There are two kinds of mindless reading. The first kind, often associated with guilty pleasure, involves reading something just for fun.  There is no expectation that you will learn or grow.  A trashy novel is a good example. The second kind of mindless reading involves moving your eyes across and down a page while you are thinking about something else or otherwise not paying attention.  You are not being mindful of the written word. Re-reading the same paragraph over and over or getting to the bottom of a page and not remembering a single word are typical examples.

According to researchers we often zone out, even when we are trying to read for understanding or receive prompts to pay attention.  This suggests:

For those interested in improving cognitive performance, mindless reading presents a major opportunity.

But how can we keep from reading mindlessly when we don’t want to? I’ve spent sometime researching that question and have come up empty. Despite its prevalence there has been very little scientific research done on mindless reading. What has been done shows that it lowers the cognitive performance of reading and lowers test scores.

In studies subjects that experience mindless reading have reported being distracted by hunger, thirst, sleepiness, boredom and sexual desire. Making sure you are rested, well fed and the rest to avoid mindless reading makes good common sense.  But what else can be done?

Very interested to hear from readers about specific techniques for decreasing the frequency of unwanted mindless reading.

18 comments - What do you think?  Posted by Mark Clare - August 4, 2010 at 11:56 pm

Categories: Memory and Learning, Mental Focus   Tags:

How Fast Can You Read and Does it Matter?

Reading is a primary means of absorbing new information and knowledge.  Improving your ability to read – faster, better comprehension and in novel ways – enhances learning capacity and creativity and so it will be a frequent topic on the Next Brain Blog.

Increasing your reading speed without losing comprehension means saving time or read more in the same amount of time.   If you normally read for an hour a day increasing your reading speed from 250 words per minute (international average) to 6oo means you can read approximately 150,000 words more per week. This is the equivalent of a meaty non-fiction book every week or 52 every year.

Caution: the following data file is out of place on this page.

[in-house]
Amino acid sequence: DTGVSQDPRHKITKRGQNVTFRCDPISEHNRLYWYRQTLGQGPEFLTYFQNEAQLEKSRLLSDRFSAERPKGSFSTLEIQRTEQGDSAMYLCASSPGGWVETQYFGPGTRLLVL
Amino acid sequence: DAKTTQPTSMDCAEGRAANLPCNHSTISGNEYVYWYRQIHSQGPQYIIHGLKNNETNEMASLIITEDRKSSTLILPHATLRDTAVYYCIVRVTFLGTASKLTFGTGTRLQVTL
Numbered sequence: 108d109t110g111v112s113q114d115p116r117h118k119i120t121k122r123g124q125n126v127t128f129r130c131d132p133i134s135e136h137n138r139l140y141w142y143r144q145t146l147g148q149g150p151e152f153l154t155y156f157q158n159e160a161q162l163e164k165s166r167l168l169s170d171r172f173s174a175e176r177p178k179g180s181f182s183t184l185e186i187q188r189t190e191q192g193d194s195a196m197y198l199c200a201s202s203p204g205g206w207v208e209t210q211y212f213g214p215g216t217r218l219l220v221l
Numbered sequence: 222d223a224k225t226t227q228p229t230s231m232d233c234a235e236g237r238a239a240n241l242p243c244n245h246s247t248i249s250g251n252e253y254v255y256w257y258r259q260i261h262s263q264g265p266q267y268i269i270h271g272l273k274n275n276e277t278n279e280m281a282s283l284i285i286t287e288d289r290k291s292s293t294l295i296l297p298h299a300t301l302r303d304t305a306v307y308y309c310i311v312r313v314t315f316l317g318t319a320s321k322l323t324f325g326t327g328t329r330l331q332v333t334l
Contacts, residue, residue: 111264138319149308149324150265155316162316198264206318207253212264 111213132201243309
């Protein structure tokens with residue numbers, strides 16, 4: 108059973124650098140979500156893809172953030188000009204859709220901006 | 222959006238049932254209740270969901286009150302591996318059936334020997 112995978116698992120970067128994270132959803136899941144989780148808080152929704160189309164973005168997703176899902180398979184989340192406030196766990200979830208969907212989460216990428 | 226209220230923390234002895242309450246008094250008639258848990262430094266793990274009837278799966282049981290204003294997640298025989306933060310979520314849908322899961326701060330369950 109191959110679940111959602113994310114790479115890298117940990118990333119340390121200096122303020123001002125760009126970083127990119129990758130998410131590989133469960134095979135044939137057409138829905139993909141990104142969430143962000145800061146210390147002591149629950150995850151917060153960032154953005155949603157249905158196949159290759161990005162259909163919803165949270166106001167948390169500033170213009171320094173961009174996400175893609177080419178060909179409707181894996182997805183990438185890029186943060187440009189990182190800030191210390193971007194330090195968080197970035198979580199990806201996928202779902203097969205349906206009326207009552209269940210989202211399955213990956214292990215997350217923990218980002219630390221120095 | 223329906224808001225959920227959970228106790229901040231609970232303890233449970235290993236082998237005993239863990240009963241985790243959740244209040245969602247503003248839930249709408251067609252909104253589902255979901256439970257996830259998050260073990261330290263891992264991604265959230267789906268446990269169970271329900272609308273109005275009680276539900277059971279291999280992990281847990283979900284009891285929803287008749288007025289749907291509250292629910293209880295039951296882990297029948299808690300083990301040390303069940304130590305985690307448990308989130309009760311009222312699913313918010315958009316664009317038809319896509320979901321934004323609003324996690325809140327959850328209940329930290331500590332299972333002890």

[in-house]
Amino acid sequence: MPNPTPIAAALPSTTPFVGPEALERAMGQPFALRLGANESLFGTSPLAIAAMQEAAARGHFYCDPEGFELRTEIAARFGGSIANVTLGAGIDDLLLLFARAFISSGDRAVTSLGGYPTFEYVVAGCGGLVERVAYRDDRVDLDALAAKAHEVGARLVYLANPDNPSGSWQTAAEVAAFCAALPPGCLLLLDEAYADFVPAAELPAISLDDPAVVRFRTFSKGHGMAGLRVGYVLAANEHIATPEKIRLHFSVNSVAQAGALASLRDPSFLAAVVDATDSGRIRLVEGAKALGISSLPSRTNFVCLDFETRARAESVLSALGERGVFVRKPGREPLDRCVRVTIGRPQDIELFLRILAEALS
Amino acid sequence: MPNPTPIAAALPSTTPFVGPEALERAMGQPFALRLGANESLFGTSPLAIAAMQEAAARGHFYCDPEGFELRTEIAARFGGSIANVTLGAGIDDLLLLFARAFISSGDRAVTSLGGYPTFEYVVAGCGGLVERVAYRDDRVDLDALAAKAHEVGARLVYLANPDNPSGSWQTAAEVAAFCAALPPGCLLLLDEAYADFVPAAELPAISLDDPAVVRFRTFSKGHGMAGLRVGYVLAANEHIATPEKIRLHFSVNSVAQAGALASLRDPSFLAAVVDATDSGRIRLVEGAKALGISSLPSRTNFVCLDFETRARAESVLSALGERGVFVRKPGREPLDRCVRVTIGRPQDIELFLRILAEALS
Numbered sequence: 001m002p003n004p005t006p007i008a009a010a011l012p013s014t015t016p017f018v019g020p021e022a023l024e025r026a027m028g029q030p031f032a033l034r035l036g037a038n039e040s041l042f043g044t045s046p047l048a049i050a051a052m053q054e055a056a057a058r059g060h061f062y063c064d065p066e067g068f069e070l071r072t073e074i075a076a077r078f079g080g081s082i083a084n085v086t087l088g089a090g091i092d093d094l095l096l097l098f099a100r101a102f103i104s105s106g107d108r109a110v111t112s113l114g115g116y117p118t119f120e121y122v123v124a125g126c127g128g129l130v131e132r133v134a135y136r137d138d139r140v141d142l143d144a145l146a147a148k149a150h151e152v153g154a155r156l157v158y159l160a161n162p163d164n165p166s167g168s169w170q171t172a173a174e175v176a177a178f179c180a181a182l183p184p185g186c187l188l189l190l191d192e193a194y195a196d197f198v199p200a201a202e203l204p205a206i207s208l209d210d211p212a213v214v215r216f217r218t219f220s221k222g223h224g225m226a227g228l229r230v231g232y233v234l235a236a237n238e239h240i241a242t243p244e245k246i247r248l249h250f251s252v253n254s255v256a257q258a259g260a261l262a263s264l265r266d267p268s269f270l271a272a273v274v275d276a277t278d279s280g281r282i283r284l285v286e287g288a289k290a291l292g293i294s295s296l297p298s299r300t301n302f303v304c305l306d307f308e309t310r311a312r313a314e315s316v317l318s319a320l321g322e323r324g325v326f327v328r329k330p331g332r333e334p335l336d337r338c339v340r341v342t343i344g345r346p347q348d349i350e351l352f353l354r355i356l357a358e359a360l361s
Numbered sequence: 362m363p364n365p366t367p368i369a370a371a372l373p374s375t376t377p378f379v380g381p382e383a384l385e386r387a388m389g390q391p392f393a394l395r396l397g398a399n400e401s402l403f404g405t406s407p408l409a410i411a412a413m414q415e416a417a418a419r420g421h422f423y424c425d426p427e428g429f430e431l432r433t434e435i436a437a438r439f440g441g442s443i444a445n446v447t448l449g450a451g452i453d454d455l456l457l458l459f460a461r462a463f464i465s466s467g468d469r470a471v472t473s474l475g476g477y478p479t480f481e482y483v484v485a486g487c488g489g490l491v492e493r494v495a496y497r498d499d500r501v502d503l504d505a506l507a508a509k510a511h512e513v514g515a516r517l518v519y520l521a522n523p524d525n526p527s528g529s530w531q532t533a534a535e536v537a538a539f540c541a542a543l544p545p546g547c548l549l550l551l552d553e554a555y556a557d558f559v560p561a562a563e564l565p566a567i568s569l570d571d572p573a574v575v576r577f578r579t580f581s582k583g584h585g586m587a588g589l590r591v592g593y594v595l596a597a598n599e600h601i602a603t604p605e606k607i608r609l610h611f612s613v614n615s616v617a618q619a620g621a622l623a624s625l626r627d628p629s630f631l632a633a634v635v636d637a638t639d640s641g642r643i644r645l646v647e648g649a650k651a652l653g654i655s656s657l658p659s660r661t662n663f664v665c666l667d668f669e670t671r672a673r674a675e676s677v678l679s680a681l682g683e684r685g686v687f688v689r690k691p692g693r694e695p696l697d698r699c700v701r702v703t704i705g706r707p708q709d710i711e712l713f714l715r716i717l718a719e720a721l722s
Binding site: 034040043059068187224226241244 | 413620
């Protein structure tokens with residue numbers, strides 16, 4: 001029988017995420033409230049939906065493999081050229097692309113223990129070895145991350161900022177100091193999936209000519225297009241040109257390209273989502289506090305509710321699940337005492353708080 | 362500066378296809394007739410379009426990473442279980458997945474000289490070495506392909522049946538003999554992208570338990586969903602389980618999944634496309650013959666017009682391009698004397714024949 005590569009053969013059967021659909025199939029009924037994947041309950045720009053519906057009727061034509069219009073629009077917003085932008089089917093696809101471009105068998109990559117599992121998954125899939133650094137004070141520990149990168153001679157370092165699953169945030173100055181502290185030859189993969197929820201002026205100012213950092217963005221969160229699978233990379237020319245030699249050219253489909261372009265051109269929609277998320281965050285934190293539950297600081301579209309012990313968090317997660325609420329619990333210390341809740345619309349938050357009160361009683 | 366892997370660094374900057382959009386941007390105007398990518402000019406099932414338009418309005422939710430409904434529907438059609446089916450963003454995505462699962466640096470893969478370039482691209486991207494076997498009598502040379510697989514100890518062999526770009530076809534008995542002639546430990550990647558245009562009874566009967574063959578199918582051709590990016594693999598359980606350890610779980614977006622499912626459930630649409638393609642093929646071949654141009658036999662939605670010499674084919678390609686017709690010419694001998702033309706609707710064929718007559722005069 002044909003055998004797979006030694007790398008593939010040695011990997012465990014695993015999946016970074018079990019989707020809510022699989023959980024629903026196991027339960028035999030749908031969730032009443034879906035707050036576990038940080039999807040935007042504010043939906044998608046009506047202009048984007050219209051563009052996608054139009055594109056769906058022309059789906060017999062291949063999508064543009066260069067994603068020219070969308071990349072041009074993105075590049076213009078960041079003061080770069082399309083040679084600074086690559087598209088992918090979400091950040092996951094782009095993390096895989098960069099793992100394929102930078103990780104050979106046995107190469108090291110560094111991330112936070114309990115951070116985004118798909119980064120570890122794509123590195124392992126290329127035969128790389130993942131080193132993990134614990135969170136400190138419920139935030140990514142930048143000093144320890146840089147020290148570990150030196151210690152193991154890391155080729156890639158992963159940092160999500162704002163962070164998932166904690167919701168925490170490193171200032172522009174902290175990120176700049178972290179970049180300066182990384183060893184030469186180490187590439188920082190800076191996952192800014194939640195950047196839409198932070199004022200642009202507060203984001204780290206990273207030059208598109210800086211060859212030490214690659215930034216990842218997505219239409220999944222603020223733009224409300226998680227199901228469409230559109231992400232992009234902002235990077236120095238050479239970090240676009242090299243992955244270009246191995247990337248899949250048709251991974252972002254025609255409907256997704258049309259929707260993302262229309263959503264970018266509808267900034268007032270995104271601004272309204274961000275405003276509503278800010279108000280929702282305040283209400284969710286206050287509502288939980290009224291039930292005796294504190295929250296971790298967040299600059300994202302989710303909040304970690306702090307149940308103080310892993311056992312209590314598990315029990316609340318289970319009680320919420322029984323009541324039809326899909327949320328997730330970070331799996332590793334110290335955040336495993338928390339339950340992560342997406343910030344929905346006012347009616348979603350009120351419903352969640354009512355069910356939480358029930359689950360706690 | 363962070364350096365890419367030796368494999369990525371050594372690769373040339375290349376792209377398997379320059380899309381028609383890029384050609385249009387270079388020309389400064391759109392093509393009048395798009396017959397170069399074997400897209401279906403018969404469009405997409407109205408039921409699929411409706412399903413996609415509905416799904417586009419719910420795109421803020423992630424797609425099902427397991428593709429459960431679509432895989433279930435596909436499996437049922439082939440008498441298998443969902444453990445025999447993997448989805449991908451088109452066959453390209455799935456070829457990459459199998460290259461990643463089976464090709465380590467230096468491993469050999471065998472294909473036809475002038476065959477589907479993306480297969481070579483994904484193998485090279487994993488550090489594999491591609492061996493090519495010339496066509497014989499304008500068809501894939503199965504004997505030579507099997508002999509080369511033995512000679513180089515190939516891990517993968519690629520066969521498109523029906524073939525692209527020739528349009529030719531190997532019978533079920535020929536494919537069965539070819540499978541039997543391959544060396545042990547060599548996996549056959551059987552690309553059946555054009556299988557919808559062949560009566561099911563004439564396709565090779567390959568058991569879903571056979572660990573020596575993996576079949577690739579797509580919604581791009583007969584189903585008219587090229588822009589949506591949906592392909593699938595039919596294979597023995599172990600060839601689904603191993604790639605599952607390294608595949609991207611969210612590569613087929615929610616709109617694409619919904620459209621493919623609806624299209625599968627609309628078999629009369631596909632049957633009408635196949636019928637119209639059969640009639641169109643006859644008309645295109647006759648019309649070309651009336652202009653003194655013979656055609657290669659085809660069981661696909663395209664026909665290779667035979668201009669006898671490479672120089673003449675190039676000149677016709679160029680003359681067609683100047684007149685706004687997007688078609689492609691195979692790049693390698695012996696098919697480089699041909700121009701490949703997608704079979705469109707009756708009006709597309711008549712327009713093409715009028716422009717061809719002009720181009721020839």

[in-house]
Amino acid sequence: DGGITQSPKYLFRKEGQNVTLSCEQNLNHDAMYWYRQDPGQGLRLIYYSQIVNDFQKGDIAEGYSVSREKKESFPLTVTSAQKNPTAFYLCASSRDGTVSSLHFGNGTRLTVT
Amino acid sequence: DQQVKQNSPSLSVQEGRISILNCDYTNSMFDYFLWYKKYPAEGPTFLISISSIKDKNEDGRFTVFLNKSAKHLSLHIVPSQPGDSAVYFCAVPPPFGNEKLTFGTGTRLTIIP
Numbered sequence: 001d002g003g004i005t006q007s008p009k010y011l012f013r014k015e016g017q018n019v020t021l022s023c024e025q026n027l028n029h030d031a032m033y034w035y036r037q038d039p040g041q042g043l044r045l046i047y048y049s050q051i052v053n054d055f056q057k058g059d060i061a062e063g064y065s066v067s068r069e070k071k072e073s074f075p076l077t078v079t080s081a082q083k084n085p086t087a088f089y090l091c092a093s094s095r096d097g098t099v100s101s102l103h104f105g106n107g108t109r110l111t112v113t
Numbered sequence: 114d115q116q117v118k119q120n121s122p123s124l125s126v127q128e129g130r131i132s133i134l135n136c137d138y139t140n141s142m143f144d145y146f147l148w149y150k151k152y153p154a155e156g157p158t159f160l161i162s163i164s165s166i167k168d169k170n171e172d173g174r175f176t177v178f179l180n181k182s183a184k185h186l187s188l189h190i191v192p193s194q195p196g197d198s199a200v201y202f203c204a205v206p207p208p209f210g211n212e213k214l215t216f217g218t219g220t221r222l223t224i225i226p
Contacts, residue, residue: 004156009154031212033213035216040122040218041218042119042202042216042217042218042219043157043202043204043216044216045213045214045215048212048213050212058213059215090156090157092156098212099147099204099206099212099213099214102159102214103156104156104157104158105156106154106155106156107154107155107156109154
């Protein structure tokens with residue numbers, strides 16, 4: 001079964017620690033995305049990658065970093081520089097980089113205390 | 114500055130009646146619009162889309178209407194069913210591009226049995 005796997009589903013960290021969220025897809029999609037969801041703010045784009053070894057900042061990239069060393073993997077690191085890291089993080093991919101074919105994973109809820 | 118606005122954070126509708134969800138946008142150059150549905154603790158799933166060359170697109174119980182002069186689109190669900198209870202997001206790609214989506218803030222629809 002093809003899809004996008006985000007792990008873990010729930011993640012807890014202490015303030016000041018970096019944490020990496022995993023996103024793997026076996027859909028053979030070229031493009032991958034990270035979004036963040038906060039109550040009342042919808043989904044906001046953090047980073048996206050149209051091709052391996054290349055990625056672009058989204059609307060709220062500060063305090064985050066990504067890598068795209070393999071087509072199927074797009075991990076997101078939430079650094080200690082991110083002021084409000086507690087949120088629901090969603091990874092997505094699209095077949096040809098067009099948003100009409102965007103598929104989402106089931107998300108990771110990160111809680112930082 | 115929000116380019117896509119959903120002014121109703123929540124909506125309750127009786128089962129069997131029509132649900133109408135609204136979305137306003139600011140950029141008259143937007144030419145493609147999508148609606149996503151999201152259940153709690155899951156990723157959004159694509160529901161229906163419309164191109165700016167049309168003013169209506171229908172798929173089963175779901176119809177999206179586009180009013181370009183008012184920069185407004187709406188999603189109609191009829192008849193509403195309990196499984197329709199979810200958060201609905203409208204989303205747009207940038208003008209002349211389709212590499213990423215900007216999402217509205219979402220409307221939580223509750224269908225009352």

How fast do you read? Take this quick free test from RocketReader and find out.

There are proven techniques for increasing reading speed.  For example, guiding, skimming and grouping are all proven to work. Other less proven techniques include minimizing subvocalization (talking aloud to yourself while reading) and widening your visual span (number/lengths of words you can taken in at a glance). You can learn to speed read from programs, books, workshops or software.  We will discuss all these techniques and options on the Next Brain Blog. Let’s  start with software as it affords easy experimentation as well as a good way to be systematic.

There are many software packages on the market that promise to improve your reading skills.  Check out TopTenReviews of Speed Reading Software to get a quick overview of what is available. Prices range from $12 to $80 and the more fully features packages are likely worth the extra cost.

I plan on taking the Reader’s Edge (top-rated speed reading software) 30-day challenge and will blog on the results.   In the meantime, if you have used speed reading software please post a comment and share your experiences and results.

30 comments - What do you think?  Posted by Mark Clare - February 7, 2010 at 5:46 pm

Categories: Memory and Learning, Software, Training   Tags: